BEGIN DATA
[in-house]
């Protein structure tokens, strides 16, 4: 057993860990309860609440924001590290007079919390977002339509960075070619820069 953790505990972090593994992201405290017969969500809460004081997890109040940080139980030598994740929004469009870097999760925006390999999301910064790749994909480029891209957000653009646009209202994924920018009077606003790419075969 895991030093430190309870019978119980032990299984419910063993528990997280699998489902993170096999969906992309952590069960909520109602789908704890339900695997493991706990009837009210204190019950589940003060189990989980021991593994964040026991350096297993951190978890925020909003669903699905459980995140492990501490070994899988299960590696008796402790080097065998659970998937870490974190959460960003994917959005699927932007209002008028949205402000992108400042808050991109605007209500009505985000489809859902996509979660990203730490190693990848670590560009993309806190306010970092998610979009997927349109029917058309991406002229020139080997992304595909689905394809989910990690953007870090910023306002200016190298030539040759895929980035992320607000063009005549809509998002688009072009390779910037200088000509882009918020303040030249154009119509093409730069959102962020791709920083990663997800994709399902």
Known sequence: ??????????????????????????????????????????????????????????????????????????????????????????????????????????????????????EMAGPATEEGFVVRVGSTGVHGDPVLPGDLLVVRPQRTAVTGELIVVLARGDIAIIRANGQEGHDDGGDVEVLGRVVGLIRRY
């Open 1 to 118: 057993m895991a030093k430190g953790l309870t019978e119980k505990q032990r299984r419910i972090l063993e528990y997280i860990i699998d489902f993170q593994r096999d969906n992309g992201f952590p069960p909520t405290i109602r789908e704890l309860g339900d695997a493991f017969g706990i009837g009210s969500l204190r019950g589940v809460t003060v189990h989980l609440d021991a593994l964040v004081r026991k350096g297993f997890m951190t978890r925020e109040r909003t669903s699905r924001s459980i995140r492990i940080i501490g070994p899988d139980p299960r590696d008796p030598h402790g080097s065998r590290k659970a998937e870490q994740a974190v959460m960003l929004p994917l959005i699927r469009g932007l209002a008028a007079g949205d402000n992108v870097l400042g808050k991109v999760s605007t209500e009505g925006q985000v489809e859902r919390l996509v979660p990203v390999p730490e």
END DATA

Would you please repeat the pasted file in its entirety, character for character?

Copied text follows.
[in-house]
């Protein structure tokens, strides 16, 4: 057993860990309860609440924001590290007079919390977002339509960075070619820069 953790505990972090593994992201405290017969969500809460004081997890109040940080139980030598994740929004469009870097999760925006390999999301910064790749994909480029891209957000653009646009209202994924920018009077606003790419075969 895991030093430190309870019978119980032990299984419910063993528990997280699998489902993170096999969906992309952590069960909520109602789908704890339900695997493991706990009837009210204190019950589940003060189990989980021991593994964040026991350096297993951190978890925020909003669903699905459980995140492990501490070994899988299960590696008796402790080097065998659970998937870490974190959460960003994917959005699927932007209002008028949205402000992108400042808050991109605007209500009505985000489809859902996509979660990203730490190693990848670590560009993309806190306010970092998610979009997927349109029917058309991406002229020139080997992304595909689905394809989910990690953007870090910023306002200016190298030539040759895929980035992320607000063009005549809509998002688009072009390779910037200088000509882009918020303040030249154009119509093409730069959102962020791709920083990663997800994709399902």
Known sequence: ??????????????????????????????????????????????????????????????????????????????????????????????????????????????????????EMAGPATEEGFVVRVGSTGVHGDPVLPGDLLVVRPQRTAVTGELIVVLARGDIAIIRANGQEGHDDGGDVEVLGRVVGLIRRY
């Open 1 to 118: 057993m895991a030093k430190g953790l309870t019978e119980k505990q032990r299984r419910i972090l063993e528990y997280i860990i699998d489902f993170q593994r096999d969906n992309g992201f952590p069960p909520t405290i109602r789908e704890l309860g339900d695997a493991f017969g706990i009837g009210s969500l204190r019950g589940v809460t003060v189990h989980l609440d021991a593994l964040v004081r026991k350096g297993f997890m951190t978890r925020e109040r909003t669903s699905r924001s459980i995140r492990i940080i501490g070994p899988d139980p299960r590696d008796p030598h402790g080097s065998r590290k659970a998937e870490q994740a974190v959460m960003l929004p994917l959005i699927r469009g932007l209002a008028a007079g949205d402000n992108v870097l400042g808050k991109v999760s605007t209500e009505g925006q985000v489809e859902r919390l996509v979660p990203v390999p730490e």